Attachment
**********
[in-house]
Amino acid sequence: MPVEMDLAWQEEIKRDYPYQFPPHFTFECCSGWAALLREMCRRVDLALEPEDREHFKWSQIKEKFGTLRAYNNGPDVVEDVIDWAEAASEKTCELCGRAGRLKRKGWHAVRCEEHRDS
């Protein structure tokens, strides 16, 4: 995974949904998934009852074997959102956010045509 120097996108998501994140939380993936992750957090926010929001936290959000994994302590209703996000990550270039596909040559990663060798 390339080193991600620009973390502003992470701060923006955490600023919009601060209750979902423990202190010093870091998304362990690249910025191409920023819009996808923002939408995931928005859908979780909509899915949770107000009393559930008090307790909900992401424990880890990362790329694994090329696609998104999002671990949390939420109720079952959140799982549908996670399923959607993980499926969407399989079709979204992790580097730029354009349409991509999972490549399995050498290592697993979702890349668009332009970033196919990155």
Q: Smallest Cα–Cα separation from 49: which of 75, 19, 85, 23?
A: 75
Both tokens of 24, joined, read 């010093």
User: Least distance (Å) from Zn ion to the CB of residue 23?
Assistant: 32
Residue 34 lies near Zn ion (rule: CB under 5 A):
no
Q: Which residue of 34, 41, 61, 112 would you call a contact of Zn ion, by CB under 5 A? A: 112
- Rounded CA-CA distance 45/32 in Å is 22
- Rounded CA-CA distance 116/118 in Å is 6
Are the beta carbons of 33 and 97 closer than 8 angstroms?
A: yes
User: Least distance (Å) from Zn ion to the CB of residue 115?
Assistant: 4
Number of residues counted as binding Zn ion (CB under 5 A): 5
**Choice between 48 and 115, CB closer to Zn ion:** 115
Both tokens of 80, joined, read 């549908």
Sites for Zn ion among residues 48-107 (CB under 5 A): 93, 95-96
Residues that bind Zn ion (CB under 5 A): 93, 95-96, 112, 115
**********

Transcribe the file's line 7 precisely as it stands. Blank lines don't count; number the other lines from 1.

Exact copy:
User: Least distance (Å) from Zn ion to the CB of residue 23?